What if the Government Ordered the Human Rights Campaign to Cover Conversion Therapy for Gays?

Thom Lambert —  23 January 2012

A thought experiment:

It’s late January 2016.  Newt Gingrich is President.  The House of Representatives is solidly Republican, and there’s a slight Republican majority in the Senate.  Because Republicans lack a filibuster-proof majority in the Senate, the Affordable Care Act (a.k.a. Obamacare) remains on the books.  (The reconciliation process, which allowed the law to be enacted without supermajority support in the Senate, could not be used to repeal the law.)  The Act continues to require employer-provided insurance to provide full coverage for all preventive care measures.

Secretary Rick Santorum of the Department of Health and Human Services has determined that conversion therapy for gay males will help prevent all sorts of costly health problems.  HIV and related health problems, it seems, are extremely costly to treat and are far more common among gay men than among straight men.  HHS has determined that the most modern conversion therapies can cheaply and successfully alter sexual orientation or, at a minimum, reduce homosexual impulses so that they can be managed by homosexually oriented patients who would prefer not to engage in homosexual activity.

President Gingrich and Secretary Santorum have therefore mandated that employer-provided health insurance policies cover gay conversion therapies.  Claiming to be sensitive to the concerns of gay groups, they have included a narrow exemption for employers who don’t employ or serve significant numbers of straight people.  In reality, though, none of the major gay and lesbian advocacy groups (e.g., the Human Rights Campaign, GLAAD) or publishing organizations (e.g., The Advocate, OUT Magazine) could qualify for this exemption because all employ a great many gay-affirming straight people and include outreach to heterosexuals as one of their objectives.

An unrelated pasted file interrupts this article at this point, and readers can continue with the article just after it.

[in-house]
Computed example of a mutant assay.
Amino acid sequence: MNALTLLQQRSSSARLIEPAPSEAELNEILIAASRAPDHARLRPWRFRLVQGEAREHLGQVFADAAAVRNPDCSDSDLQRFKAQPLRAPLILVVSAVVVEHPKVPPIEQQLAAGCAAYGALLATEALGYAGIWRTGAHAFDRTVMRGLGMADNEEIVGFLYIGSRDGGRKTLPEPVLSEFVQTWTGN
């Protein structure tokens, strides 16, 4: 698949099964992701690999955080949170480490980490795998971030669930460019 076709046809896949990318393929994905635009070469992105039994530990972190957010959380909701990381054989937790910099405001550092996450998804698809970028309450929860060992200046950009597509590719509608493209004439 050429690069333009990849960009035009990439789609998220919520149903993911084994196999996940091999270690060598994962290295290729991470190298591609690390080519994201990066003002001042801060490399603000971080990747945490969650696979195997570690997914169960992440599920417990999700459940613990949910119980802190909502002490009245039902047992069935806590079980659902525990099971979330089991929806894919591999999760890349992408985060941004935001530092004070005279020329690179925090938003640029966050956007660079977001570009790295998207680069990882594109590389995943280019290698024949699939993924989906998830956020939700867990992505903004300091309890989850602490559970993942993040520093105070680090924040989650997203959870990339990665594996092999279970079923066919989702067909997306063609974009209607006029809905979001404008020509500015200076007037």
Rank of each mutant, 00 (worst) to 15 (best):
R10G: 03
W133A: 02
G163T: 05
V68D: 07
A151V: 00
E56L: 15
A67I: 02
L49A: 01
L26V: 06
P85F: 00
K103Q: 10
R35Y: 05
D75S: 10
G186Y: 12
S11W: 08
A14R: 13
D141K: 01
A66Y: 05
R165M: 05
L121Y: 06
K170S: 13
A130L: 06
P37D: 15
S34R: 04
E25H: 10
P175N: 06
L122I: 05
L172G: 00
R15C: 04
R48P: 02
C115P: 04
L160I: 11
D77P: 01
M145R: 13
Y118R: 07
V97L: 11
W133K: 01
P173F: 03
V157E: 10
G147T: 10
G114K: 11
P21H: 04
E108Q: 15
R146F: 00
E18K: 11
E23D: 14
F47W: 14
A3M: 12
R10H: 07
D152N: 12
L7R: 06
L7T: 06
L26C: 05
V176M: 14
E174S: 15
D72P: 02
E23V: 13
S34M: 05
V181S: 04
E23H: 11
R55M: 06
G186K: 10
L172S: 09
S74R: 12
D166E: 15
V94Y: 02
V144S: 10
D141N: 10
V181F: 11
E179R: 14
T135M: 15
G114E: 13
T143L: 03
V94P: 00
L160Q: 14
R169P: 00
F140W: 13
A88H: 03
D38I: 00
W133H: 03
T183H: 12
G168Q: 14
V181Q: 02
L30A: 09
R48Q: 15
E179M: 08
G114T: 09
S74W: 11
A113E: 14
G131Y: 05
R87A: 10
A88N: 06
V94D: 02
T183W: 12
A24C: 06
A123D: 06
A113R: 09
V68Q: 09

Can you imagine the howls from the New York Times, the television networks, and basically every other political commentator in America?  Andrew Sullivan might just explode.  And rightly so.  Forcing gay groups to pay for a procedure that so deeply offends their core principles would be beyond the pale in a liberal society that respects personal conscience and the right of individuals to associate in groups that share their values – a right that can exist only if groups are allowed to express those values and, to the extent they aren’t hurting others, order their affairs according to them.  

So why do President Obama and HHS Secretary Kathleen Sebelius get a pass when they order Catholic schools, hospitals, and social service agencies to cover birth control, sterilization, and the morning after pill?  The ridiculous “exemption” they created shows how little they know about what churches actually do:  Christ’s apostles themselves wouldn’t have qualified because they, like any church worth its salt, served multitudes of nonbelievers.  Providing an extra year to come into compliance does nothing to alleviate the fundamental problem (Is the doctrinal conflict going to disappear next year?) and is a transparent attempt to deflect media attention until after the 2012 election.  There are lots of Catholics in Ohio and Pennsylvania, after all.

One might say that my analogy fails because the science doesn’t show that gay conversion therapy actually works, and it therefore wouldn’t reduce total health care costs.  But that’s beside the point.  Even if there were a therapy that could cheaply and effectively make gay people straight (i.e., a pill or a quick surgical procedure) it would still be inappropriate to force groups whose central objective is to affirm gay people and fight anti-gay bias to provide coverage for such a therapy.